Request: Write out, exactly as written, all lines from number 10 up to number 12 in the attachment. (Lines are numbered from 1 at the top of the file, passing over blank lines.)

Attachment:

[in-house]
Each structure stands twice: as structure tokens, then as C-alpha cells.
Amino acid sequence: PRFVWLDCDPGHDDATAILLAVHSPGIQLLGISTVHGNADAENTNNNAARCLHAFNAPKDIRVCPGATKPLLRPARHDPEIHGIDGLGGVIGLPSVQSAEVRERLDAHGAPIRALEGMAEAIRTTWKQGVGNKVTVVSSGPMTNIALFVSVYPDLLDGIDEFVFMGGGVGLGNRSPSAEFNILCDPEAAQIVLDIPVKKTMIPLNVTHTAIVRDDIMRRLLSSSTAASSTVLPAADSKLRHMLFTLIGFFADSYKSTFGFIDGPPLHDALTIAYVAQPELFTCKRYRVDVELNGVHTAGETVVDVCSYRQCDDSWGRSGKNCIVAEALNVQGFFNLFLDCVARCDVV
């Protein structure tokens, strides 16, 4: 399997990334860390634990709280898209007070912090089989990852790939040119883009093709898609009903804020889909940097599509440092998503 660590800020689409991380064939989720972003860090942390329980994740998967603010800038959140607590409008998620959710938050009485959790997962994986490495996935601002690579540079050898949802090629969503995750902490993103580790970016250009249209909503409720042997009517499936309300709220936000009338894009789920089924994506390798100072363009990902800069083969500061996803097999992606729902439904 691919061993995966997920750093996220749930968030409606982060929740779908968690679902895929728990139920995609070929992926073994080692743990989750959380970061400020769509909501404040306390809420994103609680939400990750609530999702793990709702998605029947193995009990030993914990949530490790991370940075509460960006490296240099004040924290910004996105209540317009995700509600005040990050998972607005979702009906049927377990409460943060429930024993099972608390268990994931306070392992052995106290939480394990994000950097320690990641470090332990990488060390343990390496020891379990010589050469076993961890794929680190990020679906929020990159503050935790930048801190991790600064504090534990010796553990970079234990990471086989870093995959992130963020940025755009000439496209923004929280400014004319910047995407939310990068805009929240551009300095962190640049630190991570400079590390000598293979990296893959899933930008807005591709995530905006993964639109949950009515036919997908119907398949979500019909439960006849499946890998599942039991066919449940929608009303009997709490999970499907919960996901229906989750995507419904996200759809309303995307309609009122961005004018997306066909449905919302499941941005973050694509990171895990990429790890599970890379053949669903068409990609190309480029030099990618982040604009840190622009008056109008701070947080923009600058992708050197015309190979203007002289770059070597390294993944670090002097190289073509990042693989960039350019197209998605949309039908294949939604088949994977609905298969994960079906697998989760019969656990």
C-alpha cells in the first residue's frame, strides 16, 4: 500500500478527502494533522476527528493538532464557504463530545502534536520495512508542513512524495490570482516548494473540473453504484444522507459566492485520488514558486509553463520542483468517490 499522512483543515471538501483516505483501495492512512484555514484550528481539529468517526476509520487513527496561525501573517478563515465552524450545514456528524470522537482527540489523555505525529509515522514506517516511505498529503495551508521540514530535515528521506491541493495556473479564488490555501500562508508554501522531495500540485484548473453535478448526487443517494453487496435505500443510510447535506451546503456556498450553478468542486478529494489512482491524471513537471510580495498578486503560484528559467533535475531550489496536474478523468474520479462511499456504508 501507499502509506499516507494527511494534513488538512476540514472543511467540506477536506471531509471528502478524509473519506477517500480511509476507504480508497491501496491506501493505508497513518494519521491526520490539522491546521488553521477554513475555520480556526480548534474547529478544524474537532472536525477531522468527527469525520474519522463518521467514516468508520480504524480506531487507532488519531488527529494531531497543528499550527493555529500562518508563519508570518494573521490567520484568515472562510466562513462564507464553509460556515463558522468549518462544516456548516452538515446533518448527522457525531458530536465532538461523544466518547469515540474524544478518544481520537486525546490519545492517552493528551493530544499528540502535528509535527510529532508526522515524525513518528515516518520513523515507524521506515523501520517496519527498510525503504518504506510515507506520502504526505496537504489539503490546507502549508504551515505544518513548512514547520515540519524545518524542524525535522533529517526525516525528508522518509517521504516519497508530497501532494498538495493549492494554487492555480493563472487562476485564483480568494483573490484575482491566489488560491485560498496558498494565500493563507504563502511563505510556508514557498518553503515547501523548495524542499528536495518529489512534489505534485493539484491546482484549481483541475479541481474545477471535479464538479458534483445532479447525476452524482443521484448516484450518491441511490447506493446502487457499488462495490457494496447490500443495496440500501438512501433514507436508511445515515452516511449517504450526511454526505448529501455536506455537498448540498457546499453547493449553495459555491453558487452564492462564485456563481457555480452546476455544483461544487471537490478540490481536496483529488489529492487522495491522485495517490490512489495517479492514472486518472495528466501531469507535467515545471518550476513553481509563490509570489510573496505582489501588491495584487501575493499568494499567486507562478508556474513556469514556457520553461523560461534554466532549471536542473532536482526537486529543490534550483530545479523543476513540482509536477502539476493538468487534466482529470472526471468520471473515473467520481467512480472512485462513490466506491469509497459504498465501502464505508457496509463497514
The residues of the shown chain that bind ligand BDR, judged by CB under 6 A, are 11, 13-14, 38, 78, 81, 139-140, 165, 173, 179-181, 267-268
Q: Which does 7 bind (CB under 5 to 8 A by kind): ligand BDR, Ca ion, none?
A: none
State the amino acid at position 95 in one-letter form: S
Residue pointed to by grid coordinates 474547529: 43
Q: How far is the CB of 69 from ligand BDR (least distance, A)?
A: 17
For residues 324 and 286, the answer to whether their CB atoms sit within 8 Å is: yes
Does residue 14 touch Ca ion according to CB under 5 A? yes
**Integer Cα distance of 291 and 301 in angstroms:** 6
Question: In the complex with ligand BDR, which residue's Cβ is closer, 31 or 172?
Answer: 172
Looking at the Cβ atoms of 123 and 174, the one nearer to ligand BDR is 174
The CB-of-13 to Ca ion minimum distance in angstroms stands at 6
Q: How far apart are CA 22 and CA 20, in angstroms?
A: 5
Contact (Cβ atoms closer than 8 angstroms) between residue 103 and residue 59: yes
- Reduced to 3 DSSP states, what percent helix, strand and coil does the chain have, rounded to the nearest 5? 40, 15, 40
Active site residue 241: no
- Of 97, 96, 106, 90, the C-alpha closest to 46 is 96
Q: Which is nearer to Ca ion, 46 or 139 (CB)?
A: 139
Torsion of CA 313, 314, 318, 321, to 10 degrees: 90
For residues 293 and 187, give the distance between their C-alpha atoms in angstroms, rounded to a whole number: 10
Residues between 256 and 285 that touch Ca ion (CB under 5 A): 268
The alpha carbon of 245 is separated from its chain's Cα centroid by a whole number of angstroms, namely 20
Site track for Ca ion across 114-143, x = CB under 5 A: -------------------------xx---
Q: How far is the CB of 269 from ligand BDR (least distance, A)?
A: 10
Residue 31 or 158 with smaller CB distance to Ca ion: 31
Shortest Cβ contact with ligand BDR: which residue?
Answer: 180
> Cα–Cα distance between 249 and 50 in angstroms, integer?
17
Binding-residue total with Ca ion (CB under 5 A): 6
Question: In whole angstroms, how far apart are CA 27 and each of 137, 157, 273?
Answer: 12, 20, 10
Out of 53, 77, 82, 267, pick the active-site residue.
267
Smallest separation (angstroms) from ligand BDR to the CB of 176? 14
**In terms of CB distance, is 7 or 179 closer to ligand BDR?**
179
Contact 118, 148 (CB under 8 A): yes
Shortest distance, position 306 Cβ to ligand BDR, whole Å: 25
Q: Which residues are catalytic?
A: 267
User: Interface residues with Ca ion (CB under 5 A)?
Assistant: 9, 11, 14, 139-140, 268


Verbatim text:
Residue pointed to by grid coordinates 474547529: 43
Q: How far is the CB of 69 from ligand BDR (least distance, A)?
A: 17